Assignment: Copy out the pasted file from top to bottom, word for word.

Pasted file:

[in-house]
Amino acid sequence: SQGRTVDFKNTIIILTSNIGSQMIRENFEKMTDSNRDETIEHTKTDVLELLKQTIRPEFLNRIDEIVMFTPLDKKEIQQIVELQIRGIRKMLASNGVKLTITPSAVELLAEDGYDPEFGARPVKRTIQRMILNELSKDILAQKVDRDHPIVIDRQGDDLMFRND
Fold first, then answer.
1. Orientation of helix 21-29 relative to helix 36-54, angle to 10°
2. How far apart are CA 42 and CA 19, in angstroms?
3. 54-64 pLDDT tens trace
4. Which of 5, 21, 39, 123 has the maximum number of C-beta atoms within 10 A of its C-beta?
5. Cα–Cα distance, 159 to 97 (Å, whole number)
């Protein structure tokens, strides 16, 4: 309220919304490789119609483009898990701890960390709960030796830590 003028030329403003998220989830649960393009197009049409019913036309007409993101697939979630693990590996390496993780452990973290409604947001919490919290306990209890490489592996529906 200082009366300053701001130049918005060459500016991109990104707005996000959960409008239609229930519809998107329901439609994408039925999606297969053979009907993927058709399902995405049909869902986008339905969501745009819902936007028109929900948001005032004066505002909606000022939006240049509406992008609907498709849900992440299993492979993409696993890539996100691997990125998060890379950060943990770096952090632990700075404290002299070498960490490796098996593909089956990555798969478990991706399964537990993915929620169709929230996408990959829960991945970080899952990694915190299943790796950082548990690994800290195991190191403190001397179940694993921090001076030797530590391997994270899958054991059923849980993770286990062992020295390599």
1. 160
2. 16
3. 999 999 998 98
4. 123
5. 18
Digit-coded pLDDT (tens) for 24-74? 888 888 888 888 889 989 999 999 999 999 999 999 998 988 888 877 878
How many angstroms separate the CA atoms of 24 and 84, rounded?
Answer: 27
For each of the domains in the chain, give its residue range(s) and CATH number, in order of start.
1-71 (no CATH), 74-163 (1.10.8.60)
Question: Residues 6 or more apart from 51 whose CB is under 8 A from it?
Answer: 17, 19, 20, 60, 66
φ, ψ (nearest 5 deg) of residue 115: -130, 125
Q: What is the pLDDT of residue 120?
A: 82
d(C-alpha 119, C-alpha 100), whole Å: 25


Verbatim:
[in-house]
Amino acid sequence: SQGRTVDFKNTIIILTSNIGSQMIRENFEKMTDSNRDETIEHTKTDVLELLKQTIRPEFLNRIDEIVMFTPLDKKEIQQIVELQIRGIRKMLASNGVKLTITPSAVELLAEDGYDPEFGARPVKRTIQRMILNELSKDILAQKVDRDHPIVIDRQGDDLMFRND
Fold first, then answer.
1. Orientation of helix 21-29 relative to helix 36-54, angle to 10°
2. How far apart are CA 42 and CA 19, in angstroms?
3. 54-64 pLDDT tens trace
4. Which of 5, 21, 39, 123 has the maximum number of C-beta atoms within 10 A of its C-beta?
5. Cα–Cα distance, 159 to 97 (Å, whole number)
């Protein structure tokens, strides 16, 4: 309220919304490789119609483009898990701890960390709960030796830590 003028030329403003998220989830649960393009197009049409019913036309007409993101697939979630693990590996390496993780452990973290409604947001919490919290306990209890490489592996529906 200082009366300053701001130049918005060459500016991109990104707005996000959960409008239609229930519809998107329901439609994408039925999606297969053979009907993927058709399902995405049909869902986008339905969501745009819902936007028109929900948001005032004066505002909606000022939006240049509406992008609907498709849900992440299993492979993409696993890539996100691997990125998060890379950060943990770096952090632990700075404290002299070498960490490796098996593909089956990555798969478990991706399964537990993915929620169709929230996408990959829960991945970080899952990694915190299943790796950082548990690994800290195991190191403190001397179940694993921090001076030797530590391997994270899958054991059923849980993770286990062992020295390599």
1. 160
2. 16
3. 999 999 998 98
4. 123
5. 18
Digit-coded pLDDT (tens) for 24-74? 888 888 888 888 889 989 999 999 999 999 999 999 998 988 888 877 878
How many angstroms separate the CA atoms of 24 and 84, rounded?
Answer: 27
For each of the domains in the chain, give its residue range(s) and CATH number, in order of start.
1-71 (no CATH), 74-163 (1.10.8.60)
Question: Residues 6 or more apart from 51 whose CB is under 8 A from it?
Answer: 17, 19, 20, 60, 66
φ, ψ (nearest 5 deg) of residue 115: -130, 125
Q: What is the pLDDT of residue 120?
A: 82
d(C-alpha 119, C-alpha 100), whole Å: 25